Friday, June 1, 2007

Wireless standards for mobile ad-hoc networks


By Humayun Bakht

Wireless networks tend to offer numerous benefits, including wider coverage, cost reduction and data transmission at high speeds. In this article, we will investigate different available wireless standards as defined by the Institute of Electrical and Electronics Engineers (IEEE).

Developed back in 1997, IEEE 802.11 was the first wireless local area communication standard. Although IEEE 802.11 is very slow and can support data transmission up to 2 Mbps, its development opens a new chapter in the field of wireless communication. Nearly all of the existing or the newly developed wireless standards are either based on or are an extension of IEEE 802.11.

There are three formats using the IEEE 802.11 standard. They are 802.11a, 802.11b, and 802.11g. These are the most commonly used standards today. You'll see them in home networks, in laptops, coffee shops, airports, etc. Let's find out how they compare.

IEEE 802.11b is a Wireless Local Area Network (WLAN) standard that was developed in July 1999 and can offer a maximum bandwidth of 11 Mbps. The main benefit of IEEE 802.11b is its cost. This is mostly because network equipment for 802.11b costs less than some of the other wireless standards. IEEE 802.11b uses a 2.4 GHz frequency range. The 2.4GHz frequency is unregulated, meaning that there are many devices that could use this frequency range, such as cordless phones, microwaves, and even your laptop computer. As a matter of fact, all the standards which operate with 2.4 GHz frequency range are subject to the interference of other wireless services utilizing the same frequency range. This interference causes not only distraction in effective data transmission but also reduces the over all efficiency of various wireless equipment. However, in the case of IEEE 802.11b, this interference can easily be avoided by the installation of some extra equipment.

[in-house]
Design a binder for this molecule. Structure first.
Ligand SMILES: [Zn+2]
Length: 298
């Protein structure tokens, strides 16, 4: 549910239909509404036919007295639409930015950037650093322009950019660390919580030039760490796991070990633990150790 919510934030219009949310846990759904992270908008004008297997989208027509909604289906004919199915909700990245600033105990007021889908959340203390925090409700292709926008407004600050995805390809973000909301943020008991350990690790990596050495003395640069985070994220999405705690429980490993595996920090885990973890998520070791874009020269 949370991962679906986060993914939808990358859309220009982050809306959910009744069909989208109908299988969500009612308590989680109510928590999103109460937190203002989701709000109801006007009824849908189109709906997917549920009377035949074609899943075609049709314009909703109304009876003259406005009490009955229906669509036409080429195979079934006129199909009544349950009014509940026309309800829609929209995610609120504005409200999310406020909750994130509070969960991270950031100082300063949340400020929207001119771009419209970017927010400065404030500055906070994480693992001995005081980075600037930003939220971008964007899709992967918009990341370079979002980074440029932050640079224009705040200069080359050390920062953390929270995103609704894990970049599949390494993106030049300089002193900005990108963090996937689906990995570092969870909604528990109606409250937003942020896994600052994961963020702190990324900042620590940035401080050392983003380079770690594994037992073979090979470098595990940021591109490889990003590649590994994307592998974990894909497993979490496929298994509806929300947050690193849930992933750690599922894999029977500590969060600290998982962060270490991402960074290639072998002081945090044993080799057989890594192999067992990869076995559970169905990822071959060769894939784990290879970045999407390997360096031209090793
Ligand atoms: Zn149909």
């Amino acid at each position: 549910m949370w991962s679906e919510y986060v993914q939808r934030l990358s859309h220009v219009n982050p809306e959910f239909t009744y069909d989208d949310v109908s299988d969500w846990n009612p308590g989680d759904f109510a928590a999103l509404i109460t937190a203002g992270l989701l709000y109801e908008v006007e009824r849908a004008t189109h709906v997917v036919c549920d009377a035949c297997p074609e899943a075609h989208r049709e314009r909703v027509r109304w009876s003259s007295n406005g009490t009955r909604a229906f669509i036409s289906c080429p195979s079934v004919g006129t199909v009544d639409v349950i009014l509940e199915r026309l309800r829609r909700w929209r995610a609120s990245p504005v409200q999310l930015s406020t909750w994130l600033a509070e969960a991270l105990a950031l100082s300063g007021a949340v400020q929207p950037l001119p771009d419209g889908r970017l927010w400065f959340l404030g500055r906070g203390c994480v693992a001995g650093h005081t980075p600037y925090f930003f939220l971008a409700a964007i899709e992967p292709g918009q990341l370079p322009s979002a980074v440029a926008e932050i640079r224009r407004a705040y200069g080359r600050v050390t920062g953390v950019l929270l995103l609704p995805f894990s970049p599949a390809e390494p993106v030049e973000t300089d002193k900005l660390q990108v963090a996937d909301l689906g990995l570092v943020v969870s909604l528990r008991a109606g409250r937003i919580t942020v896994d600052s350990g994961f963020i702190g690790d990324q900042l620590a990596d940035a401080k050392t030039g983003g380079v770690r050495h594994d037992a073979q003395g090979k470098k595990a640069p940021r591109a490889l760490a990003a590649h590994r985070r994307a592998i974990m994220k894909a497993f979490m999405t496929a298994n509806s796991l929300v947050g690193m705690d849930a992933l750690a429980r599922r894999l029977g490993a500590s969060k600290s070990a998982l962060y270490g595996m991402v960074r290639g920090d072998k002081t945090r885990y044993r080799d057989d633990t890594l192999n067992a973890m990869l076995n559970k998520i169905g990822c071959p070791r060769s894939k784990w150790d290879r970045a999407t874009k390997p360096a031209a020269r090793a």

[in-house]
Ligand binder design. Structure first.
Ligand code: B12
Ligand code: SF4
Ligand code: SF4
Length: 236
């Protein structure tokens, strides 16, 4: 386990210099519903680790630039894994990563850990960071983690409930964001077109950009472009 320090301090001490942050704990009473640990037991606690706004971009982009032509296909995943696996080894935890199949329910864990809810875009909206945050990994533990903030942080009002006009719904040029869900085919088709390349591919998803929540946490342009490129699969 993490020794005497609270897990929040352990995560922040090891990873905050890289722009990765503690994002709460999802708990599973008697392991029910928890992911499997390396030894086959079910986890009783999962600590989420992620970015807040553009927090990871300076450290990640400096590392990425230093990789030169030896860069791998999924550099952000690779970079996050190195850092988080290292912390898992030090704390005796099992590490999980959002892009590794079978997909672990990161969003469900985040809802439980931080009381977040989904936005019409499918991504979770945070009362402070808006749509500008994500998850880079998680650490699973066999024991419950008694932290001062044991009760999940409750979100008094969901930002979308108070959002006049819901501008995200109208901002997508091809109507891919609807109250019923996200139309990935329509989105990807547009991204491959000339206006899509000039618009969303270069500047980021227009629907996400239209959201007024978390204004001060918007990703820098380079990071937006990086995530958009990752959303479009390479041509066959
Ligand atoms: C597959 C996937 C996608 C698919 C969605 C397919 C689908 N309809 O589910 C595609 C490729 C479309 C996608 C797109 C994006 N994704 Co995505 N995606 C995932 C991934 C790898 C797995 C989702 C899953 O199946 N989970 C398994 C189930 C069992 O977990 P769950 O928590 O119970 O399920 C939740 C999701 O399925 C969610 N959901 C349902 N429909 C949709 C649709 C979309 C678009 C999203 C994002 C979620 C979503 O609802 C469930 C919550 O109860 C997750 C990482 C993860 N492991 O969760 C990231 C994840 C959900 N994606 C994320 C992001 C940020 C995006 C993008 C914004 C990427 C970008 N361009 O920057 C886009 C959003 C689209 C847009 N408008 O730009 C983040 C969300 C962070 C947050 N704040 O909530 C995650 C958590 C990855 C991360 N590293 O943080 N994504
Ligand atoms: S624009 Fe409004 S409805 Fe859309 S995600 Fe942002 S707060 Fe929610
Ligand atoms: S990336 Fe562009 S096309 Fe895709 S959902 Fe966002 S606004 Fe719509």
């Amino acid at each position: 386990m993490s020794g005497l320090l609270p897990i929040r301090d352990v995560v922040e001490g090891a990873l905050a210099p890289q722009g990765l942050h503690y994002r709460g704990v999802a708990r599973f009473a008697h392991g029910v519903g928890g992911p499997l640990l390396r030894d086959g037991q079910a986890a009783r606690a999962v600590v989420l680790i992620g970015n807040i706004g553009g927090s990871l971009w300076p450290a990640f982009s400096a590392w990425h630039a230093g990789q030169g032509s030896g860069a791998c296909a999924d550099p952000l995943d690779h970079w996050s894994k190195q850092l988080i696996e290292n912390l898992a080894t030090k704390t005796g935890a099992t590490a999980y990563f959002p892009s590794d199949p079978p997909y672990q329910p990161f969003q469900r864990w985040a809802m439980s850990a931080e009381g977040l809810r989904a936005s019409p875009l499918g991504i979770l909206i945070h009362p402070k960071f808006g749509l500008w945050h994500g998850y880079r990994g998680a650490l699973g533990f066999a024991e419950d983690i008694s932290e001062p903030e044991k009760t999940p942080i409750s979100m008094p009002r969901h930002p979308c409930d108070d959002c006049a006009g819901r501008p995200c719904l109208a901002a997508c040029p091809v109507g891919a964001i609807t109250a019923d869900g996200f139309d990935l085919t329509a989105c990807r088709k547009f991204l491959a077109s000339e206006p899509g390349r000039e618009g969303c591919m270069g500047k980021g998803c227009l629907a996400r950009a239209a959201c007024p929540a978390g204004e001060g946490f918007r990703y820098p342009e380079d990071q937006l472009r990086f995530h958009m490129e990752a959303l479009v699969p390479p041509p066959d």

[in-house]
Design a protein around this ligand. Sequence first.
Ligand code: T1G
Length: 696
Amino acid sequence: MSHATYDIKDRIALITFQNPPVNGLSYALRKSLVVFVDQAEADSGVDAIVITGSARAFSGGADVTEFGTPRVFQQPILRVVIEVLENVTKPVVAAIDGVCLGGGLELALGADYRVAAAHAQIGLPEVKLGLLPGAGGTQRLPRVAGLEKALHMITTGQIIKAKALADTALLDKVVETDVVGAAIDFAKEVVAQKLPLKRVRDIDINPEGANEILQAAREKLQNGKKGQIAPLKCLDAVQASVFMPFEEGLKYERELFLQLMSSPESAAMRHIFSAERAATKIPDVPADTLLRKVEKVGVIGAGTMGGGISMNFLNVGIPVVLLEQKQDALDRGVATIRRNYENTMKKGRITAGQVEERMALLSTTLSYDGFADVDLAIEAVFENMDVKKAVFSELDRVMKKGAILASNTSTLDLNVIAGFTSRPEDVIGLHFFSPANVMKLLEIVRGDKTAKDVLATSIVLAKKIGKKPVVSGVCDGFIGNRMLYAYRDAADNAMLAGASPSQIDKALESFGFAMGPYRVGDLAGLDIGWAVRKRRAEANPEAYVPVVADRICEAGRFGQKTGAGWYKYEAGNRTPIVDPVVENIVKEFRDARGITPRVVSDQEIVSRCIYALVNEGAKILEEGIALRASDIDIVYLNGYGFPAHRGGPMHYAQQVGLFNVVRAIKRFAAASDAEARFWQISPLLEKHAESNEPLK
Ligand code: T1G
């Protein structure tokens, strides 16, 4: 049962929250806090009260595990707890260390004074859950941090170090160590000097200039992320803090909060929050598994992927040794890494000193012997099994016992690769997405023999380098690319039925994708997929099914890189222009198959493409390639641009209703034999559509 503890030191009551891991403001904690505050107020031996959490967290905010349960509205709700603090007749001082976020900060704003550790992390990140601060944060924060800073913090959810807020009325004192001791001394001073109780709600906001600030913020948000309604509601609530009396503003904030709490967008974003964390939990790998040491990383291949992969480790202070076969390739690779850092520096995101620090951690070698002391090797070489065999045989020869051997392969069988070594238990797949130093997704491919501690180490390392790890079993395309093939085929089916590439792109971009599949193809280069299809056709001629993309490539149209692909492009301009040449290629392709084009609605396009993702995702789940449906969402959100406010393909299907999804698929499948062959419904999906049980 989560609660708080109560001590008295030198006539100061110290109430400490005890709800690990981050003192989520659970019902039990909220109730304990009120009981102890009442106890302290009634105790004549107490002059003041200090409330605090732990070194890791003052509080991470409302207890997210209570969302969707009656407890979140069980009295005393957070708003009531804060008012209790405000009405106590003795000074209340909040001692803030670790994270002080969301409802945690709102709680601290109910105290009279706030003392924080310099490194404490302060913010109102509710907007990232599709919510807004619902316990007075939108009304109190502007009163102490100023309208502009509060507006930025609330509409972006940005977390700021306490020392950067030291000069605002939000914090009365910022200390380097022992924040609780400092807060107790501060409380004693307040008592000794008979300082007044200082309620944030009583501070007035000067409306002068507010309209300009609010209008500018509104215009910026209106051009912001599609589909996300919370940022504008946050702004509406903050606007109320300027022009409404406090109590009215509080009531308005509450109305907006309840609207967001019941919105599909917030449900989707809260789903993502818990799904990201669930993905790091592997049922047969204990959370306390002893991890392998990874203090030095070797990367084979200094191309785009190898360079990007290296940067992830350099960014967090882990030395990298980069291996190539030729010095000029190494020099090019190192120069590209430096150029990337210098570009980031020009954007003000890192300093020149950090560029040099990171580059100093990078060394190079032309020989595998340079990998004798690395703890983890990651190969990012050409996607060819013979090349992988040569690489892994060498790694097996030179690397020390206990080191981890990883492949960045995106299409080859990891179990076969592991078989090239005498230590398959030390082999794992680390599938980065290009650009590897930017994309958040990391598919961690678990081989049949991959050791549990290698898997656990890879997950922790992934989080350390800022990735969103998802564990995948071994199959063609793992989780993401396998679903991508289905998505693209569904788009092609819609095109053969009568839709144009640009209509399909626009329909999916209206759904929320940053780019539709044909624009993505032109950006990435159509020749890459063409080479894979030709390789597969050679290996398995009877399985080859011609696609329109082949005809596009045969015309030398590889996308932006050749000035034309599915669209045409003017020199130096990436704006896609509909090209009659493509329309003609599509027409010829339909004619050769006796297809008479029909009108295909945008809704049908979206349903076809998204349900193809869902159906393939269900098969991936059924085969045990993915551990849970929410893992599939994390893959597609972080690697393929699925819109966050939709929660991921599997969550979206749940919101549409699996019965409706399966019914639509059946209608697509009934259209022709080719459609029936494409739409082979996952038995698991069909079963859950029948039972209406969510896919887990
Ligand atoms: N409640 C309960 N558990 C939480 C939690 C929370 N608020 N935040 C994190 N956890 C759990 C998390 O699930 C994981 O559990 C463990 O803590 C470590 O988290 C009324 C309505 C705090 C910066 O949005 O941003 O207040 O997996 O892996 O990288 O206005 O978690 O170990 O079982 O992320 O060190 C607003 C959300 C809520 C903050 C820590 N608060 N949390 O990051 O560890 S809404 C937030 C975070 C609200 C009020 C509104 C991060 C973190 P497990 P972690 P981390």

The 802.11a standard followed two years later, in 2001. It supports a maximum bandwidth of 54Mbps, which is one of the main benefits of using IEEE 802.11a. It's much faster than using 802.11b. Even though 802.11a is much faster than 802.11b, why isn't more widely used? 802.11a does have a couple of drawbacks. The first is the extra cost which is required to manage hardware equipment. IEEE 802.11a also uses 5GHz or above frequency for radio transmission. Moreover, 802.11a has been ratified to support interoperability among various vendors.